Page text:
Florida charter schools earn A’s and F’s at higher rates than traditional public schools

Florida charter schools were more likely than traditional public schools to earn A and F grades under this year’s tougher new standards and tests, state data shows.

Some 48.7 percent of elementary, middle and “combination” charter schools earned A grades, compared to 42.7 percent of traditional public schools, according to Florida Department of Education data.

Meanwhile, 19 charters were stung with F’s (6.1 percent), compared to 28 traditional public schools (1.2 percent).

It appears traditional public schools were harder hit by the higher bar than charters.

Last year, 15 elementary, middle and combination charters were awarded F’s, compared to 17 traditional public schools – a comparison oft-noted by school boards and other critics. At the same time, according to last year’s data, traditional public schools earned A grades at a slightly higher rate than charters, 58 percent to 57 percent.

To see the most recent charter school grades data, check out this this spreadsheet.

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BY Ron Matus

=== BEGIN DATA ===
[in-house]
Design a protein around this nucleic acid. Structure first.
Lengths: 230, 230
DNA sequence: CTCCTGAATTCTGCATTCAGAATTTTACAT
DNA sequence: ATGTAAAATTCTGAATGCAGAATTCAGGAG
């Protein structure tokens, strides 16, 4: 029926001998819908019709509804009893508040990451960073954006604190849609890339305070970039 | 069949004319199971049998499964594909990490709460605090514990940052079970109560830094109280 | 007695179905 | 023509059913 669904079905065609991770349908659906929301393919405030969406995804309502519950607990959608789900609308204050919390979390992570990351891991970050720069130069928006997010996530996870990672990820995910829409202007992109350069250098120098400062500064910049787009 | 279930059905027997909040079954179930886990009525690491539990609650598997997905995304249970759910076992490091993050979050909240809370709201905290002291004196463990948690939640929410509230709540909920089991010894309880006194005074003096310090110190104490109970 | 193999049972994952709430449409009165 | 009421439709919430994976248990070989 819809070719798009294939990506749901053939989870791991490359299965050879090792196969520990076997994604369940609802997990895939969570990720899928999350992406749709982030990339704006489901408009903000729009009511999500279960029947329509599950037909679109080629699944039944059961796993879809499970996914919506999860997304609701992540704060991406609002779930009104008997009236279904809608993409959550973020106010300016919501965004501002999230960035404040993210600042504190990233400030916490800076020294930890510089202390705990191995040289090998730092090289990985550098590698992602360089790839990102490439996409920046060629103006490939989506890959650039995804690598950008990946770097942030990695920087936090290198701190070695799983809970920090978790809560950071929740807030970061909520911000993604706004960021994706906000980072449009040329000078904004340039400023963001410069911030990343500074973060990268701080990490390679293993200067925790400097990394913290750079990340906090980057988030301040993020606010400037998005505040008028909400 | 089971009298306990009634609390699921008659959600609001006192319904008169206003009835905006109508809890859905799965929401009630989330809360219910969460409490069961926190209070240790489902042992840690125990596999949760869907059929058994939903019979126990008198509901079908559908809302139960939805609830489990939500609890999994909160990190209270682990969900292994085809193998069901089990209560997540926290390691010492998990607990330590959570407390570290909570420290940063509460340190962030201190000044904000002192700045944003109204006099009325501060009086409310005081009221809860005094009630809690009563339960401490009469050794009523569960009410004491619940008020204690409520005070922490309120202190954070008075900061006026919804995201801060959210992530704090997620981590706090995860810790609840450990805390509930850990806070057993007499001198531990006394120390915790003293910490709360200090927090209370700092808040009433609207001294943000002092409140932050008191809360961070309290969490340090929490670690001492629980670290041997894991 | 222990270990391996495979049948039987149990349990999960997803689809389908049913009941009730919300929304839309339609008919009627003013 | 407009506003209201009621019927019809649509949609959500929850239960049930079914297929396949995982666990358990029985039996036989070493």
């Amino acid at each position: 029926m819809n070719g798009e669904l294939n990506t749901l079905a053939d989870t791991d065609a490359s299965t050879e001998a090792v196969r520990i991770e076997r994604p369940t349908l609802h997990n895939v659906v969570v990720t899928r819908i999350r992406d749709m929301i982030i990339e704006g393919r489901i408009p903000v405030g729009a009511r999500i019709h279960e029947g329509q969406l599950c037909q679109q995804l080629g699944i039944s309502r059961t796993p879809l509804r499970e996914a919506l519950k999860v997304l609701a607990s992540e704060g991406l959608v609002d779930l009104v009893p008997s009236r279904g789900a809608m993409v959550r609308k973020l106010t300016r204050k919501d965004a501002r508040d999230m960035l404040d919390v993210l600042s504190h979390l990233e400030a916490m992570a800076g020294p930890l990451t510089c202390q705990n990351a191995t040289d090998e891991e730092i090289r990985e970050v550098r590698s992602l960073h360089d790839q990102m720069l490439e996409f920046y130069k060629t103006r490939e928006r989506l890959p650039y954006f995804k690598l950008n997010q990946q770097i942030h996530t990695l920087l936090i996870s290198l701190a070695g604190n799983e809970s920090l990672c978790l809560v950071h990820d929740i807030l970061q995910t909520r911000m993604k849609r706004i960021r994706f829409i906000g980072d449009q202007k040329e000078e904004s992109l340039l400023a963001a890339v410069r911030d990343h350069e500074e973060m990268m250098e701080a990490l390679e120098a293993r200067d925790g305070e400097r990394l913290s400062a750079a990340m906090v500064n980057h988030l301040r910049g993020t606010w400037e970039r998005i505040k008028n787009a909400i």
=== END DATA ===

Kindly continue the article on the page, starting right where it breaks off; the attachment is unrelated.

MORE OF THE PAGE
Ron Matus is director for policy and public affairs at Step Up for Students and a former editor of redefinED. He joined Step Up in February 2012 after 20 years in journalism, including eight years as an education reporter with the Tampa Bay Times (formerly the St. Petersburg Times). Ron can be reached at rmatus@stepupforstudents.org or (727) 451-9830. Follow him on Twitter @RonMatus1 and on facebook at facebook.com/redefinedonline.

One Comment

Not included in the data is the fact that charters can cherry pick thier students via eligibility criteria. Even with that advantage, they create more “failing” schools than do the public system. Yet , Florida allows charters to grow…why? Ask the hedge fund managers who love the money to be made. Ask how many Florida legislators have ties to charters.

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